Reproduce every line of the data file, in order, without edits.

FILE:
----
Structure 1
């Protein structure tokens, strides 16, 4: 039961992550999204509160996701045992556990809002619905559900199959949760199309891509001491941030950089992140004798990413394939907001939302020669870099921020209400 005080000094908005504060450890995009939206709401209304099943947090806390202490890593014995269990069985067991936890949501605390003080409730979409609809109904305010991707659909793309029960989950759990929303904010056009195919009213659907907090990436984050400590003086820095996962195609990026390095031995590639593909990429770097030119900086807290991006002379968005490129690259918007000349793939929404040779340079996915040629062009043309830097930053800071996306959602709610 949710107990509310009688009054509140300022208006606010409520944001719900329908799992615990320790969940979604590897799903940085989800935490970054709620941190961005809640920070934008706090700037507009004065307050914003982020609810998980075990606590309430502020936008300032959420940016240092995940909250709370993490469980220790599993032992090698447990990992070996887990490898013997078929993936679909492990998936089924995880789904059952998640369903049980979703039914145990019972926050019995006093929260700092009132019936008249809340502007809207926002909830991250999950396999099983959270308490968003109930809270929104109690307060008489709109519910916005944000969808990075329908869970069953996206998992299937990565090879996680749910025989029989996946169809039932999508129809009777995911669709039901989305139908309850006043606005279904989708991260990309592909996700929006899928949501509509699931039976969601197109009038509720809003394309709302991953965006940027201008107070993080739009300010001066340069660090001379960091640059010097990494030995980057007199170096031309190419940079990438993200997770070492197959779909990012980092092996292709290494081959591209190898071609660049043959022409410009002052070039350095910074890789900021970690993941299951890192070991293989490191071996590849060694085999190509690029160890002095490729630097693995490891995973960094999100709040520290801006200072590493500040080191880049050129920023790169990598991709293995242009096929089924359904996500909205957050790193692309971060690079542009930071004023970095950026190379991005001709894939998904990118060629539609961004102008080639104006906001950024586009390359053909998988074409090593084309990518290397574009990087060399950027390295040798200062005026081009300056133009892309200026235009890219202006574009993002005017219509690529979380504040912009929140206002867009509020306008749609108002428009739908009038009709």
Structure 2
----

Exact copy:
Structure 1
């Protein structure tokens, strides 16, 4: 039961992550999204509160996701045992556990809002619905559900199959949760199309891509001491941030950089992140004798990413394939907001939302020669870099921020209400 005080000094908005504060450890995009939206709401209304099943947090806390202490890593014995269990069985067991936890949501605390003080409730979409609809109904305010991707659909793309029960989950759990929303904010056009195919009213659907907090990436984050400590003086820095996962195609990026390095031995590639593909990429770097030119900086807290991006002379968005490129690259918007000349793939929404040779340079996915040629062009043309830097930053800071996306959602709610 949710107990509310009688009054509140300022208006606010409520944001719900329908799992615990320790969940979604590897799903940085989800935490970054709620941190961005809640920070934008706090700037507009004065307050914003982020609810998980075990606590309430502020936008300032959420940016240092995940909250709370993490469980220790599993032992090698447990990992070996887990490898013997078929993936679909492990998936089924995880789904059952998640369903049980979703039914145990019972926050019995006093929260700092009132019936008249809340502007809207926002909830991250999950396999099983959270308490968003109930809270929104109690307060008489709109519910916005944000969808990075329908869970069953996206998992299937990565090879996680749910025989029989996946169809039932999508129809009777995911669709039901989305139908309850006043606005279904989708991260990309592909996700929006899928949501509509699931039976969601197109009038509720809003394309709302991953965006940027201008107070993080739009300010001066340069660090001379960091640059010097990494030995980057007199170096031309190419940079990438993200997770070492197959779909990012980092092996292709290494081959591209190898071609660049043959022409410009002052070039350095910074890789900021970690993941299951890192070991293989490191071996590849060694085999190509690029160890002095490729630097693995490891995973960094999100709040520290801006200072590493500040080191880049050129920023790169990598991709293995242009096929089924359904996500909205957050790193692309971060690079542009930071004023970095950026190379991005001709894939998904990118060629539609961004102008080639104006906001950024586009390359053909998988074409090593084309990518290397574009990087060399950027390295040798200062005026081009300056133009892309200026235009890219202006574009993002005017219509690529979380504040912009929140206002867009509020306008749609108002428009739908009038009709």
Structure 2